I’ll be honest. Since he took up post back in September 2012 there has been little upon which I and Jeremy Hunt have found common cause. No doubt this state of affairs causes him endless sleepless nights. For this I am truly sorry.
This week all that changed, because on Tuesday Mr Hunt and I agreed on one important point … that small is beautiful. I know this because it has been reported in Computer Weekly and therefore it is written in blood.
Let me repeat a few key passages for you.
“I think the NHS has got a long way to go before we are a truly level playing field for SMEs,”
“I think there is quite a lot of evidence that where we have made the fastest progress is places… where small is beautiful and you have teams that are nimble enough [to] deliver stuff really quickly.”
“That is the way we have got to go. Don’t give up. The NHS needs you. I think it is really worth hanging on in there. This is a market that is really going to grow and I think it could do with nimble, flexible people who have brilliant new ideas.”
Get the picture?
Now as much as I would love to believe that Mr Hunt is a regular reader of this blog, hubris is not a trait I would readily admit to. But come clean Mr Hunt, you’ve been peeping haven’t you…?
Of course stating a thing is true and identifying it as a problem is not a sure guarantee of making that problem go away. Never a day goes by when I don’t click my heels and think of Kansas. More often as not when I open my eyes I’m still in Epsom.
Now let me make it clear. I’m not looking for any special favours here. I’m supposed to be an entrepreneur after all, and it is not the job of entrepreneurs to gripe, groan and growl at the unfairness of it all [although I do a quite a lot of that when I get home].
Our job is to get on with it. Get a vision. Get creative. Get innovative. Get even. Anything but get angry.
So I’m not (angry that is) and as I now know you read this blog Mr Hunt you have my personal assurance that I will indeed “hang on in there”. We’ve being doing so for the best part of twenty years and in that time I’d like to think we’ve made a difference to the NHS customers we serve.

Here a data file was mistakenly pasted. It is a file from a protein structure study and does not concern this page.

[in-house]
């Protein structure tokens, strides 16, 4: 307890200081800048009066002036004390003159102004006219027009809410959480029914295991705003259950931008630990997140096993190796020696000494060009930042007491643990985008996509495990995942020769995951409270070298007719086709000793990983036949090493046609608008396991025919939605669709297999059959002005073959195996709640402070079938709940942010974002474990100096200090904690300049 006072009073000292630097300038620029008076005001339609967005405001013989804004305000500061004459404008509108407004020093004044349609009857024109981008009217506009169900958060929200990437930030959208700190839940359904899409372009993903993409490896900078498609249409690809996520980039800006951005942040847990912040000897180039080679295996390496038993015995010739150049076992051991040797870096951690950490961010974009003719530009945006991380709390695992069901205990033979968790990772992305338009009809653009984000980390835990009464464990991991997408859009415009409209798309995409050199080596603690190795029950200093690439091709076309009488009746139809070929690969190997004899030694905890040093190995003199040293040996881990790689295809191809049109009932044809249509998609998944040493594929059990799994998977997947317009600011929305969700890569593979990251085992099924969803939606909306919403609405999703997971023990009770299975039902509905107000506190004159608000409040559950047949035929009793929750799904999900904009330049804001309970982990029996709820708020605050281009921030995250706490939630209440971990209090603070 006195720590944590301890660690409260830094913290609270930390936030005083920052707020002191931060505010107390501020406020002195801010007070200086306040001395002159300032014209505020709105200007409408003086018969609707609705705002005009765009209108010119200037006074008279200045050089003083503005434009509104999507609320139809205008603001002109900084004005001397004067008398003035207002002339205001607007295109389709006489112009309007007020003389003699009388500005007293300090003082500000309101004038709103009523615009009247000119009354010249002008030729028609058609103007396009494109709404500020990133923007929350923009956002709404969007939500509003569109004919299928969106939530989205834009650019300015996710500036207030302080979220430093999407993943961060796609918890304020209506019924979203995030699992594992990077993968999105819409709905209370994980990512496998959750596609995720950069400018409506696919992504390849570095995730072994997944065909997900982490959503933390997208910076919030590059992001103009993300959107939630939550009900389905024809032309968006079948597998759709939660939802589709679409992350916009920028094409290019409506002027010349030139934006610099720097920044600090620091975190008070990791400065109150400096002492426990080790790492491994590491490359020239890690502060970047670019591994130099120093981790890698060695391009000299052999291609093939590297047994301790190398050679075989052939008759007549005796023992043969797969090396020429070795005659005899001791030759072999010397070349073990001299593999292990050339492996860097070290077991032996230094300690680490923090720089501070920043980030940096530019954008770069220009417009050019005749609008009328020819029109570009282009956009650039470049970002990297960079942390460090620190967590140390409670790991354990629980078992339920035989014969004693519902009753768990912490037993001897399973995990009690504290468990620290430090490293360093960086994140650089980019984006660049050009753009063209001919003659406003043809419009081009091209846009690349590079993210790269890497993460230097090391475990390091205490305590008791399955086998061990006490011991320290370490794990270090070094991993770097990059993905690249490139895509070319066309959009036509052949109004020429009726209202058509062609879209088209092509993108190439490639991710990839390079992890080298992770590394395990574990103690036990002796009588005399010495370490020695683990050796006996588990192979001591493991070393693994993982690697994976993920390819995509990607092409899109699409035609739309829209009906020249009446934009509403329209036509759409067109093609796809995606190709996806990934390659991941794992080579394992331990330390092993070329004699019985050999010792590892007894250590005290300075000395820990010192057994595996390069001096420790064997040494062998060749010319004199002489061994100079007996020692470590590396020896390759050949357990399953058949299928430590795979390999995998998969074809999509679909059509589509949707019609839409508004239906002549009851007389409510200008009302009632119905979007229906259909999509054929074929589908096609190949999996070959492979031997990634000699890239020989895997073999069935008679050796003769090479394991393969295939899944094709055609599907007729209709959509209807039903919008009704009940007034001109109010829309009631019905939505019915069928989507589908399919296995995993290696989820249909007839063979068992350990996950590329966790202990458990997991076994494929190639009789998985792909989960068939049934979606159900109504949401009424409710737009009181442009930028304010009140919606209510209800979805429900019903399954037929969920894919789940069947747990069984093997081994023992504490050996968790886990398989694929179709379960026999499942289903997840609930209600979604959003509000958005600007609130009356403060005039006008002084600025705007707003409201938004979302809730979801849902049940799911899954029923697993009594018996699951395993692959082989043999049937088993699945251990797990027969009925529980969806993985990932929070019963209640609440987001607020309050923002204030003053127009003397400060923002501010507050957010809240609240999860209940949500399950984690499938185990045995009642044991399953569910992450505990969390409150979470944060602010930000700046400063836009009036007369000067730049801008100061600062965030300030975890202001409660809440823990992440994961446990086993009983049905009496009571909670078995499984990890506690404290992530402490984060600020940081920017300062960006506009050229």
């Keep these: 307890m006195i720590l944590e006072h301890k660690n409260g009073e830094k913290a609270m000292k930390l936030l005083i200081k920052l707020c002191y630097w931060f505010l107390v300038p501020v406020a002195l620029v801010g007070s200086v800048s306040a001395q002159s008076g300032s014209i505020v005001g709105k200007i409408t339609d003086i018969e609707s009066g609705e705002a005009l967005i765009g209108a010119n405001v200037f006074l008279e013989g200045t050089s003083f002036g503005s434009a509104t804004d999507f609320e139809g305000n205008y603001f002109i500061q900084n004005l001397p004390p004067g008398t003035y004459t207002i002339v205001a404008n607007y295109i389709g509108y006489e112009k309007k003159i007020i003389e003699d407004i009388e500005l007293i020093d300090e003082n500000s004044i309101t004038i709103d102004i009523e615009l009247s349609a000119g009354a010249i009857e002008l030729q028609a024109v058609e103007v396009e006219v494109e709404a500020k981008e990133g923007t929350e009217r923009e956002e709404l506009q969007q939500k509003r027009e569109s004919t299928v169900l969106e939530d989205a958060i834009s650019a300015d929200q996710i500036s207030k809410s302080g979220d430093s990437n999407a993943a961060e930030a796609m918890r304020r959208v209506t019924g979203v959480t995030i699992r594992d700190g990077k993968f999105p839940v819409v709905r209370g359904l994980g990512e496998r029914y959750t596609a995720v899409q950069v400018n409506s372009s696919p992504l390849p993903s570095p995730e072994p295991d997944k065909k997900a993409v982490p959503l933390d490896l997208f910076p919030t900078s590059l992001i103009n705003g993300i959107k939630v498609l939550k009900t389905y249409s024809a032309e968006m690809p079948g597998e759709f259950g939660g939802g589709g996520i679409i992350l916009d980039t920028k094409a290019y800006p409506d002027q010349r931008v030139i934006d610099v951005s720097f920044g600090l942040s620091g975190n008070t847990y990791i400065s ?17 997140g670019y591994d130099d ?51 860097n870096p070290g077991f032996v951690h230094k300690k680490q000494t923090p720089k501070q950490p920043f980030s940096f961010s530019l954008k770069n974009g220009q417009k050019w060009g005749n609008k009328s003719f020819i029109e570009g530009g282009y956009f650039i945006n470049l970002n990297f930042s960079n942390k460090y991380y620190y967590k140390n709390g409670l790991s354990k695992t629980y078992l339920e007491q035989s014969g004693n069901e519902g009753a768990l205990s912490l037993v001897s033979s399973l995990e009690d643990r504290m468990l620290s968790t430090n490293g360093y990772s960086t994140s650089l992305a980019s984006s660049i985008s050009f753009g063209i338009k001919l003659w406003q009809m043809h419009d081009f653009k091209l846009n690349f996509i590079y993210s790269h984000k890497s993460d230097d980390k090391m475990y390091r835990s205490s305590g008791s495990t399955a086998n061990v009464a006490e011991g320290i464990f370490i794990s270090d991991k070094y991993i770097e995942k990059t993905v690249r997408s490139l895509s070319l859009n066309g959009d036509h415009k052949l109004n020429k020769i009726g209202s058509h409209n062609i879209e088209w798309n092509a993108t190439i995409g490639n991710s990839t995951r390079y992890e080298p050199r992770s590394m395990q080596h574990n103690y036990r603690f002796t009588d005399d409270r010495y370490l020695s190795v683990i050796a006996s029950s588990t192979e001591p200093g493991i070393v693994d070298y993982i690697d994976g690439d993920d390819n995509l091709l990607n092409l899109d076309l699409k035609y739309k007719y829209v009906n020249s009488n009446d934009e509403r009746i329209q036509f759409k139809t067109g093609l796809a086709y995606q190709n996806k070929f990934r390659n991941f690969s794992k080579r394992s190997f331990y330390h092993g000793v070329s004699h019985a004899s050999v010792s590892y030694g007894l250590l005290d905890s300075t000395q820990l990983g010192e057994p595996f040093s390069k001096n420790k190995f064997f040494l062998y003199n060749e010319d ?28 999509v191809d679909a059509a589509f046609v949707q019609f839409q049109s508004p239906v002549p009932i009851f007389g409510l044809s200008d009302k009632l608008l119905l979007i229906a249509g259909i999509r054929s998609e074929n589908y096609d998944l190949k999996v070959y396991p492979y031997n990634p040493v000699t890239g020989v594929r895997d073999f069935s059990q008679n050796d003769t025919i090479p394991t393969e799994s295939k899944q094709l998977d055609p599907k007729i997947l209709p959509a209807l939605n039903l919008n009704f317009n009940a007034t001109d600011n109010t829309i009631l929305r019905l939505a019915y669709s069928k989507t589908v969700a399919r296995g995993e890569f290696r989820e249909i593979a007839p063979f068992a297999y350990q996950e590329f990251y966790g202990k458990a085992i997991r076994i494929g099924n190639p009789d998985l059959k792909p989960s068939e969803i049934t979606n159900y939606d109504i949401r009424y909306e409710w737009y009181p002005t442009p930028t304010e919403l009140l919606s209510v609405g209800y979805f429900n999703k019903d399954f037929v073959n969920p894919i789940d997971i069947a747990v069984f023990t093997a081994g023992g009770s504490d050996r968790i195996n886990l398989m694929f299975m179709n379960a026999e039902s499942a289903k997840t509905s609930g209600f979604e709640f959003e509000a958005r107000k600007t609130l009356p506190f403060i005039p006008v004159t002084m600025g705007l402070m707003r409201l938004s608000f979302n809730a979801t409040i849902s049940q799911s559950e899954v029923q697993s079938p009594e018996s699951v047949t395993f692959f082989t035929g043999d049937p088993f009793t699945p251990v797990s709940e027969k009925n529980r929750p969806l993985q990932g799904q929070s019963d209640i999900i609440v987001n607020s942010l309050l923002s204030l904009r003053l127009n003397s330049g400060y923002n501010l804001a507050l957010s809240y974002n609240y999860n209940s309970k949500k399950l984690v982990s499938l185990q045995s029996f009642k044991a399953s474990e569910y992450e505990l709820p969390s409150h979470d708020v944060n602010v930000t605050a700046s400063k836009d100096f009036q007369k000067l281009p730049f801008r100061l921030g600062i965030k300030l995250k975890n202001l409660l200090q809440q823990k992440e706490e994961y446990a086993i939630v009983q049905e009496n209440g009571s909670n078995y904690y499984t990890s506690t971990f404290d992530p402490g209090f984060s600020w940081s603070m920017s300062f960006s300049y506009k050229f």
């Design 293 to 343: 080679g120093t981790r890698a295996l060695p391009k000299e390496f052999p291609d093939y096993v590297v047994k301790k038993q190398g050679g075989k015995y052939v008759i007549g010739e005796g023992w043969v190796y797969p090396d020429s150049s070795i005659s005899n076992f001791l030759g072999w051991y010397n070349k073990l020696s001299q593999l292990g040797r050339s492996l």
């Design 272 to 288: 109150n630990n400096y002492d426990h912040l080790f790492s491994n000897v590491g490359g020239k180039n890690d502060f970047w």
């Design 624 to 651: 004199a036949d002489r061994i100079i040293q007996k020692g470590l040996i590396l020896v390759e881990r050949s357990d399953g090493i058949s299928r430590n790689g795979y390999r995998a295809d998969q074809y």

I look forward to the age of ‘localism’ of which you speak. Presumably this will be borne from the ‘liberated’ NHS that was created on 1st April this year?
The trouble is a lot of the people I speak with on the ground – principally the clinical commissioning community – don’t feel terribly liberated. And whilst their vision is a long way off the boot stamping on a human face that Orwell foretold, what they do see is something (or some things) that bear close approximation to heavy footwear.
But I’m ever the optimist.
I look forward to the flowering of a thousand blooms that signal the beginning of a new age of partnership and collaboration with SME’s, third sector and academia in the vanguard.
The economic realities in which we operate dictate that the old models of doing business are no longer affordable. This is not to say that the ‘big beasts’ will be fully ejected from the jungle, but it should at least mean a more prominent place at the watering hole for the small(er) but beautifully formed.
Who knows we might even see the emergence of a procurement process which everyone can understand and by which anyone can play.
So I’m feeling the love Mr Hunt.
I can almost see those sunlit uplands.
I and the brilliant people at Sollis will keep working on those equally brilliant new ideas, and rest assured we will continue to ‘Hang Tough’.
It is part of what we do.